New Home Construction Struggling

June 18, 2011

Builders aren’t feeling very confident these days.

According to June’s National Association of Home Builders/Wells Fargo Housing Market Index (HMI), builder confidence in the market for newly built, single-family homes fell three points to 13.

Any score over 50 means that more builders see sales conditions as good rather than poor. The last time the index was this low was in September of 2010.

“Builders are being squeezed by the continuing weakness in existing-home prices –- against which they must compete — as well as rising material costs,” said NAHB Chairman Bob Nielsen. “In addition to the ongoing impacts of distressed property sales on home prices, appraisal values and consumer confidence, rising costs for materials such as roofing, copper, wallboard, vinyl siding and other components have made it extremely difficult to construct a new home and sell it at a price that covers the costs.”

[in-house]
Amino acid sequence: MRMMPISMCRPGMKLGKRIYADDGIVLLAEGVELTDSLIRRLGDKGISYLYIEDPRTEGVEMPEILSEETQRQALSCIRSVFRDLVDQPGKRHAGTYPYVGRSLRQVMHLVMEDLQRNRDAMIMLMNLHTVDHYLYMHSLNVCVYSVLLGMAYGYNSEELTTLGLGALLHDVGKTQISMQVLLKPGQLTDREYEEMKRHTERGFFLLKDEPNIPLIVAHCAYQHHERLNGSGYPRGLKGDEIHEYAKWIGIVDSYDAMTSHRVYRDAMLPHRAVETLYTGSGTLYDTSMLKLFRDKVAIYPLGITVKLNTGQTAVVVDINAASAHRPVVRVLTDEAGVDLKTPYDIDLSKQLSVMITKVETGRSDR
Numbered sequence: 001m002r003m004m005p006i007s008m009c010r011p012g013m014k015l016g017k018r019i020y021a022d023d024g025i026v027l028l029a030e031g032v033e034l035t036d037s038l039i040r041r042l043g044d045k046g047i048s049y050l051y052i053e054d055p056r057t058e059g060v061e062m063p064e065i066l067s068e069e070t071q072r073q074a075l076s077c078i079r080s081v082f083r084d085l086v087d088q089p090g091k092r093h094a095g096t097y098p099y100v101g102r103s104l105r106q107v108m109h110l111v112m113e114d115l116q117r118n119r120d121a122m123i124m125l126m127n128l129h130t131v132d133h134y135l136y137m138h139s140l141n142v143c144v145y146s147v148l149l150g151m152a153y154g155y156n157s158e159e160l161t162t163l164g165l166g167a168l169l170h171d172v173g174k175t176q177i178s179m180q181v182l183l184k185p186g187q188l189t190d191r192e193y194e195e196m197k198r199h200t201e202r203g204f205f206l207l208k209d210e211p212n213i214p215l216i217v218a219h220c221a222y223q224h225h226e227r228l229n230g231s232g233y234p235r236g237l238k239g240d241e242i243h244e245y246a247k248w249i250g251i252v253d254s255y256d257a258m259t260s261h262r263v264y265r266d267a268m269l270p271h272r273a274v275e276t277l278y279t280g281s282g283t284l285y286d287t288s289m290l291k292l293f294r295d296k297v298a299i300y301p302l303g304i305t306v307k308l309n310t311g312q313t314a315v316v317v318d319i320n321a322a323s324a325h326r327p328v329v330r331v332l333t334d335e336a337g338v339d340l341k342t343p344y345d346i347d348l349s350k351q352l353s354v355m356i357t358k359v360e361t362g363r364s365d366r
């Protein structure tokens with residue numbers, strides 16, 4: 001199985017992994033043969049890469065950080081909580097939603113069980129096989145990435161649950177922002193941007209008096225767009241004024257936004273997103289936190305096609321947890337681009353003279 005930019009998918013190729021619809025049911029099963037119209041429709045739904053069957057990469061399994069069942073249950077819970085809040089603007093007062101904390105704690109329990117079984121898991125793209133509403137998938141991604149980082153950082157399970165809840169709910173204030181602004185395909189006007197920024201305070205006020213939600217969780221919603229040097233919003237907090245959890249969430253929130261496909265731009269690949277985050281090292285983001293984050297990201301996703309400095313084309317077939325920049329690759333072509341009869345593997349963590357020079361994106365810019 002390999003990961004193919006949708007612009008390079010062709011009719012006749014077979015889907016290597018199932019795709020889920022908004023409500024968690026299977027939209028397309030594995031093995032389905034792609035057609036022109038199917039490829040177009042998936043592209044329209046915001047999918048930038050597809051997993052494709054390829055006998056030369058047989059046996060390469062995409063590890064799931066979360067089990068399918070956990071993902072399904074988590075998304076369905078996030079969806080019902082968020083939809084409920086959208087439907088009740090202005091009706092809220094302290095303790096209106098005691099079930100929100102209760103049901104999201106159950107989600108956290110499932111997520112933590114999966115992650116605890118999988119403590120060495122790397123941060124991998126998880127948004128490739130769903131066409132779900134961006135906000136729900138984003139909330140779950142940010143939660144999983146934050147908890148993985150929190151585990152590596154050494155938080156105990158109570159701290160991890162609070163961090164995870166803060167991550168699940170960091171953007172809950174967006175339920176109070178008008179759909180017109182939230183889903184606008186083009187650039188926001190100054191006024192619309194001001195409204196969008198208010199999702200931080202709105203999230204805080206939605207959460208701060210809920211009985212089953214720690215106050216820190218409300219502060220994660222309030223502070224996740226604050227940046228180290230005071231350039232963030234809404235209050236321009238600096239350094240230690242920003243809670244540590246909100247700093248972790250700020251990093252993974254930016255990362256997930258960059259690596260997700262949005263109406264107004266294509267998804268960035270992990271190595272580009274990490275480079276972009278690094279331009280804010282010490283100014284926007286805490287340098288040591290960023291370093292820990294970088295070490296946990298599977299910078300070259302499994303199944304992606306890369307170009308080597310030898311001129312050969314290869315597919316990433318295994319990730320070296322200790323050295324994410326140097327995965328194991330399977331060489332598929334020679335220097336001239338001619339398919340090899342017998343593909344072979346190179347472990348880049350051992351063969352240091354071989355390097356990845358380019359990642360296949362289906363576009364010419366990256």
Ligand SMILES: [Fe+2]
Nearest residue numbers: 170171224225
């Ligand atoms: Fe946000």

Each HMI component fell in June:

*The component gauging current sales conditions fell two points to 13.

*The component gauging traffic of prospective buyers fell two points 12.

*The component gauging sales expectations in the next six months fell four points to tie its record-low score of 15 set in February and March of 2009.

The Midwest dropped three points to 11 on its HMI score for June. The South fell two points to 14 and the West dropped four points to 12. Only the Northeast region posted a gain, rising two points to 17.

“Builder confidence has waned even further as economic growth has stalled, foreclosures have continued to hit the market and the cost of building a home has risen,” said NAHB Chief Economist David Crowe. “Meanwhile, potential new-home buyers are being constrained by difficulty selling their existing homes, stringent lending requirements, and general uncertainty about the economy.

“Economic growth must pick up in order for housing to gain the momentum it needs to get back on track.”

Categories: Economy, NAHB

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